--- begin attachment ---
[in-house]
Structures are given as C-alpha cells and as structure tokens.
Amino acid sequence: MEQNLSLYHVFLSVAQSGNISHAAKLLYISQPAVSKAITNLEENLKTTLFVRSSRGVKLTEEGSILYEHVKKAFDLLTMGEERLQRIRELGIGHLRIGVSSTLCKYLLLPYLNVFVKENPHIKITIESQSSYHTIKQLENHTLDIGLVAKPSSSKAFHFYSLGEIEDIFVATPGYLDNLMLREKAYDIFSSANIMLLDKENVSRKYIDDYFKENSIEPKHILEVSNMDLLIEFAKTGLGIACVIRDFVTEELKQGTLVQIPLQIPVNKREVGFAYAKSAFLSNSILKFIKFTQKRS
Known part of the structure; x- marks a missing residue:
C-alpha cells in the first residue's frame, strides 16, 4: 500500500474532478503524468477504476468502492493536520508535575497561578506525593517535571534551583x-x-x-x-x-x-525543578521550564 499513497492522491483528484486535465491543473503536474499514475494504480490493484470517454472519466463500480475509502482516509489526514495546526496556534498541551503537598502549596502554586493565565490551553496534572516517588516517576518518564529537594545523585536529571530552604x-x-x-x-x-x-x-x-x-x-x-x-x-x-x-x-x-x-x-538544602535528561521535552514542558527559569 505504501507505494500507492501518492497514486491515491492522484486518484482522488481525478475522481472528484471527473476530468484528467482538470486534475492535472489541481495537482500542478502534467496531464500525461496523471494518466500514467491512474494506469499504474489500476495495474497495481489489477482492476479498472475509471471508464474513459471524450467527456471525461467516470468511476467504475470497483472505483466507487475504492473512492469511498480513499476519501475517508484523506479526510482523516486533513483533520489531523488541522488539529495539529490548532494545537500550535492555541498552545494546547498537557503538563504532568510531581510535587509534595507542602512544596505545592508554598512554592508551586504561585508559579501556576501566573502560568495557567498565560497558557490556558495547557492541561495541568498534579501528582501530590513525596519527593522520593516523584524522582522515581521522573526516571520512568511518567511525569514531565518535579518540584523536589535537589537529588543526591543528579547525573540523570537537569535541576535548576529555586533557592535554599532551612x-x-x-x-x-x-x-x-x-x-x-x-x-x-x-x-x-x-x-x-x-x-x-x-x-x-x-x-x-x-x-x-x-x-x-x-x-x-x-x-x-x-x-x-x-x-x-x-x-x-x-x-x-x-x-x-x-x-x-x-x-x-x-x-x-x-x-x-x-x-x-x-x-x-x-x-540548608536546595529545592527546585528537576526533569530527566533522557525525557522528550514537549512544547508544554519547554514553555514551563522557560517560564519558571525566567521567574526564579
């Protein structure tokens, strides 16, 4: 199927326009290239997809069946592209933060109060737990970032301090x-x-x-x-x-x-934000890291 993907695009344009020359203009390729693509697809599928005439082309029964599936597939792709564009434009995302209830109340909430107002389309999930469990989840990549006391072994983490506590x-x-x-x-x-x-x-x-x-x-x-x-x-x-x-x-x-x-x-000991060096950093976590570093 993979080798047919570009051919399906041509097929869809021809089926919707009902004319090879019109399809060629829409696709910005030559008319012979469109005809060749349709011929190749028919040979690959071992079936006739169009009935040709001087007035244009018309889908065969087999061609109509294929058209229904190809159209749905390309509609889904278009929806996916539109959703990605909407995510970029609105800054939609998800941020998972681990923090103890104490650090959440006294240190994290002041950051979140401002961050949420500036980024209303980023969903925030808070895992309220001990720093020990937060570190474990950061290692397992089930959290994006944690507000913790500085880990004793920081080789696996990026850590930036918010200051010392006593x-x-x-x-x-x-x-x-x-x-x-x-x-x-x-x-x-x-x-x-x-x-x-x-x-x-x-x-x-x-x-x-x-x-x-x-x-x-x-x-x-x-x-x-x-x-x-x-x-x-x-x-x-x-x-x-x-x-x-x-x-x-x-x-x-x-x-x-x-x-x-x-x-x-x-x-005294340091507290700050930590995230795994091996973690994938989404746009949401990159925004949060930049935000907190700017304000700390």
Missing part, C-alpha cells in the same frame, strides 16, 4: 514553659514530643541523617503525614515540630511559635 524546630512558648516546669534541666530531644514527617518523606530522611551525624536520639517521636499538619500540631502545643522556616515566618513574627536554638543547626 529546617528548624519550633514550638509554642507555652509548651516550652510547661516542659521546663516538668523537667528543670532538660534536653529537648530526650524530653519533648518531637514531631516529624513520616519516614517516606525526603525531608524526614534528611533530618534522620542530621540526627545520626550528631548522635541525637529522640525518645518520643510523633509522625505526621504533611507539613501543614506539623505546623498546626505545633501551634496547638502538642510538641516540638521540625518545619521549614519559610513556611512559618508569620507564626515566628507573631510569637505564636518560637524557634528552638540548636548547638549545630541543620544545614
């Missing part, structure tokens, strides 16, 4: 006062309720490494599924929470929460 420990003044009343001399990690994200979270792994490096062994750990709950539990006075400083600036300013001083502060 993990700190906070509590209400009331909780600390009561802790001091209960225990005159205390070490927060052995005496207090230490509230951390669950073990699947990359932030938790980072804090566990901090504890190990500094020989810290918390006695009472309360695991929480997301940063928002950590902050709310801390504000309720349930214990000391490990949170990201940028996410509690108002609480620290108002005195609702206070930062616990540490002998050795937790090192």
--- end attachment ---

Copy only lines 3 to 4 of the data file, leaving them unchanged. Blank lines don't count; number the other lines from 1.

Amino acid sequence: MEQNLSLYHVFLSVAQSGNISHAAKLLYISQPAVSKAITNLEENLKTTLFVRSSRGVKLTEEGSILYEHVKKAFDLLTMGEERLQRIRELGIGHLRIGVSSTLCKYLLLPYLNVFVKENPHIKITIESQSSYHTIKQLENHTLDIGLVAKPSSSKAFHFYSLGEIEDIFVATPGYLDNLMLREKAYDIFSSANIMLLDKENVSRKYIDDYFKENSIEPKHILEVSNMDLLIEFAKTGLGIACVIRDFVTEELKQGTLVQIPLQIPVNKREVGFAYAKSAFLSNSILKFIKFTQKRS
Known part of the structure; x- marks a missing residue: